DBaaS offers a chance to delight business app owners and developers alike
Databases are everywhere, and they’re proliferating like rabbits. We have all the old types and all the new types of databases; relational and non-relational databases, distributed databases, document databases, time series databases, key-value databases, multi-model databases, graph databases, cloud databases and object-oriented databases. The list is almost endless. In fact, knowledge base website DB-Engines lists the 397 most popular databases, and, if anything, their growth is accelerating, with microservices architectures spawning more databases and modern applications tending to have a one-to-many relationship with databases. Just as Apple boasts that “there’s an app for that”, there’s a database for everything, which is great, except it has meant that we have needed to make a trade-off. That is, database proliferation has led to organisations dedicating lots of expensive DBA time to managing and securing them, which has had the effect of slowing down change and deterring innovation. Happily, that trade-off is now going away.
The reason is Database as a Service (DBaaS), a model that provides enterprises with the chance to run databases anywhere with automated setup, maintenance, patching, upgrades, security and recovery. The advantages of this approach are well-known: rapid deployment, low latency, high performance and strong data governance among them.
But DBaaS also provides an exit sign from the Wild West where database proliferation has been causing admin hassle, swelling costs, slow time to market and escalating risk. DBaaS means that IT knows what’s going on and enjoys a high level of control so that there is no penalty associated with innovating. That is, adding more databases and other systems doesn’t mean a linear scaling of management tasks: it just runs, and all housekeeping work is taken care of so those critical DBAs can turn their attention to complex issues on mission-critical databases.
Liberated from a huge amount of drudge work, DBAs and CIOs can work to delight the organisation’s application owners and add value where it’s most needed. This is perhaps particularly the case in organisations with mature DevOps setups where businesses and developers work in lockstep. All in all, DBaaS nudges us towards a sort of IT Nirvana where information technologists play the role of being catalysts for smarter business operations and insightful, real-time decision-making.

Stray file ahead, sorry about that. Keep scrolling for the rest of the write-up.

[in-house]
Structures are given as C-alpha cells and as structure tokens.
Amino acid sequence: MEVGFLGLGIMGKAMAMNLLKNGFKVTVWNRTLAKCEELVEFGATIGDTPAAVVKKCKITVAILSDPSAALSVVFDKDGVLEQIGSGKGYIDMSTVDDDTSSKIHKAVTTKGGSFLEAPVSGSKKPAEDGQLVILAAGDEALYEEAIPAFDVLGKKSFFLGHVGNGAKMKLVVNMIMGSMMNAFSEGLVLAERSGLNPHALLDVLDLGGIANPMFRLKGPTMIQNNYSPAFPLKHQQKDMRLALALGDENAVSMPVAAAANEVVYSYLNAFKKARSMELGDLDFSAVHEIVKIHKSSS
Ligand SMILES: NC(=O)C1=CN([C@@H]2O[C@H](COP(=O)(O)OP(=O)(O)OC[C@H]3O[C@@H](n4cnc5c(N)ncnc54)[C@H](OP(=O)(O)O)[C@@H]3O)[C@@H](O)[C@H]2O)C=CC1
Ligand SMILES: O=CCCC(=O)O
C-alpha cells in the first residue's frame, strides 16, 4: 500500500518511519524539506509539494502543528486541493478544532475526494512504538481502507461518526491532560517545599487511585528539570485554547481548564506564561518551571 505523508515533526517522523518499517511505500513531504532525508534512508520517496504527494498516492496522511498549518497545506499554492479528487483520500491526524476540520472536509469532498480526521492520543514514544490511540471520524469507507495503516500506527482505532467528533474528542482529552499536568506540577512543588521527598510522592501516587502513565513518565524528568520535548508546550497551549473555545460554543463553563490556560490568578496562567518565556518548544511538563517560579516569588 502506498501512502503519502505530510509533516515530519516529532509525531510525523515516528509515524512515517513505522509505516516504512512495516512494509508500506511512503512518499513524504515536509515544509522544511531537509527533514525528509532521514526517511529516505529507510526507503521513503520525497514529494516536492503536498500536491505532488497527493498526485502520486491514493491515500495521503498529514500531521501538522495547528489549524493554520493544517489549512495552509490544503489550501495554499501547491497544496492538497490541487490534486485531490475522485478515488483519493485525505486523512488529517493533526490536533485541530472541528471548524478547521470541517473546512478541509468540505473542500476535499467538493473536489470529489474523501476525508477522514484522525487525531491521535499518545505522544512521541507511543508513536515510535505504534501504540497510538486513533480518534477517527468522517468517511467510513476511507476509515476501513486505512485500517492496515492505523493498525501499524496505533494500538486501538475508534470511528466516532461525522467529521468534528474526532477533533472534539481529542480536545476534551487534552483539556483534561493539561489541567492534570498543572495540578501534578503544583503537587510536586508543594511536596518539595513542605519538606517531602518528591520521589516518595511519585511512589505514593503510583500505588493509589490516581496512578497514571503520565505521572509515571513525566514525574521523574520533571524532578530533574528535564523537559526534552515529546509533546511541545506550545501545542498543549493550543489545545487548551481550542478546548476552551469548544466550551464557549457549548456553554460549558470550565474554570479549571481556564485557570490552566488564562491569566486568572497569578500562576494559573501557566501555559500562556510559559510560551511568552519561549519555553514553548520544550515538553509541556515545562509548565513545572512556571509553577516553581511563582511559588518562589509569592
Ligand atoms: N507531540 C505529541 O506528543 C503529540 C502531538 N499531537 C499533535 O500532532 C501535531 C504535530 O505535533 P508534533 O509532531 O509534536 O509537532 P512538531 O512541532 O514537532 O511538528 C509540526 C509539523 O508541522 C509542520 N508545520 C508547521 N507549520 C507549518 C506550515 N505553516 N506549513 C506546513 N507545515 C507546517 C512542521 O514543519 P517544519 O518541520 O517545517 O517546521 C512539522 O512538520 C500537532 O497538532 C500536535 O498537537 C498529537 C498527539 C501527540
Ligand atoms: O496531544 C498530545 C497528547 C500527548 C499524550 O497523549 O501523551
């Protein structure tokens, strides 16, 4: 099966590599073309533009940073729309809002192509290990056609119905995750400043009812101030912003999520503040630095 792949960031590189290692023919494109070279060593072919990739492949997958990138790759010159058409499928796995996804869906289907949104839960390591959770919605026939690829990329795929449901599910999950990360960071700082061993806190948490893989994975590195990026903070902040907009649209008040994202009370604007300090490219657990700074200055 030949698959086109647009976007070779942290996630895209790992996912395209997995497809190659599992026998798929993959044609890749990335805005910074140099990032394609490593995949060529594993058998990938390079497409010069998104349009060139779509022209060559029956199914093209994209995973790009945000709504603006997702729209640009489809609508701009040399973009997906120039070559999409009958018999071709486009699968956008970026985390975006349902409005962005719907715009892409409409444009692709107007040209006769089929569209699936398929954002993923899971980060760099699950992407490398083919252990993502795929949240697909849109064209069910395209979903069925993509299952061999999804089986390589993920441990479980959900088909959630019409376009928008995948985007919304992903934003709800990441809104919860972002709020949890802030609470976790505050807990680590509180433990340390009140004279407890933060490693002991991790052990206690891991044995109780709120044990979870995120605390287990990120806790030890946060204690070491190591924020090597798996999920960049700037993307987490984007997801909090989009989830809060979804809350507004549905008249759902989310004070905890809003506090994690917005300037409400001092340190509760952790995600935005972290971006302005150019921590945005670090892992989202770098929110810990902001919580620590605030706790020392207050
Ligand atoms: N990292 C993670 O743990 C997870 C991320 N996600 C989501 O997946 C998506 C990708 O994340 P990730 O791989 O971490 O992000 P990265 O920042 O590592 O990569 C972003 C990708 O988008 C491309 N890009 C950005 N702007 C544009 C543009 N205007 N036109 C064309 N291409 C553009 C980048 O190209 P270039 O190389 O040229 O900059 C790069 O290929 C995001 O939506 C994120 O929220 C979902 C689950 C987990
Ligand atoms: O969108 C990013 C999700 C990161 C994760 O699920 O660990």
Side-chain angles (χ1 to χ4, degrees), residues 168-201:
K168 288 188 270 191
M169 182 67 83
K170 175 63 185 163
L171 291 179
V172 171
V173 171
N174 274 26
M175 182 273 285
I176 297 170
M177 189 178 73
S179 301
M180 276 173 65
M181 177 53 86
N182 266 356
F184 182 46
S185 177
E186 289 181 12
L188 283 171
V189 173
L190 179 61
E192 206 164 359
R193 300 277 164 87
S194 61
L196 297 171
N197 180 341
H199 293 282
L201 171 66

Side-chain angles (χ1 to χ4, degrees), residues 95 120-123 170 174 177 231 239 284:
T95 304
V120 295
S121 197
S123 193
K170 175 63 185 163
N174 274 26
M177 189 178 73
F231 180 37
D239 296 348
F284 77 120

DBaaS also enables choice because enterprises are not locked into a single catch-all database provider (usually one with the highest software licence costs) or a single architectural approach. Instead, they are free to provision databases on a ‘horses for courses’ basis, matching business needs with the right database and lowering costs because enterprises aren’t tempted to run more services under their core enterprise RDBMS provider. CIOs can be confident of their database performance, and they can also avoid lock-in by electing to work across hybrid platforms from hyperscale clouds like AWS and Microsoft Azure to estates controlled by managed services providers and co-location facilities.
Better still, this no ‘jam tomorrow’ promise; it’s already happening. More or less, all new applications are using DBaaS, and it dominates in the cloud. People love the high levels of automation, availability and backup it affords and the fact that you don’t need deep techie skills to use it. DBaaS is becoming or has become, a de facto standard in the way modern databases are run and managed, and it is an antidote to skunkworks, Shadow IT and database sprawl.
DBaaS is a modern model that is excellent for the way IT is evolving. Leading CIOs don’t want to be weighed down by the heavy lifting of managing infrastructure, running complex datacentres or procuring and deploying services. Increasingly, they seek a federated, light-touch environment that leaves them free to focus on what the business needs to do. Similarly, smart people looking for jobs in IT today, and especially developers, don’t want to be stuck with rote tasks. They expect automation as a default, and in a jobs market with 300,000 open positions, according to Stack Overflow, having a strong DBaaS model acts as an open sesame to lure top candidates and to retain them and keep them motivated and enthused by their work.
What’s coming next? Managing more database types with DBaaS and applying automation across hybrid cloud environments has to be the way forward, and we can expect to see DBaaS stepping up to build in more controls for adherence to changing regulations and the security threatscape. DBaaS is another arrow in the quiver of CIOs and a step towards the promised land of IT invisibility where systems ‘just work’. If you’re not up to speed with the benefits of DBaaS, it’s time to act now and enjoy getting more time back to be the change agent you need to be.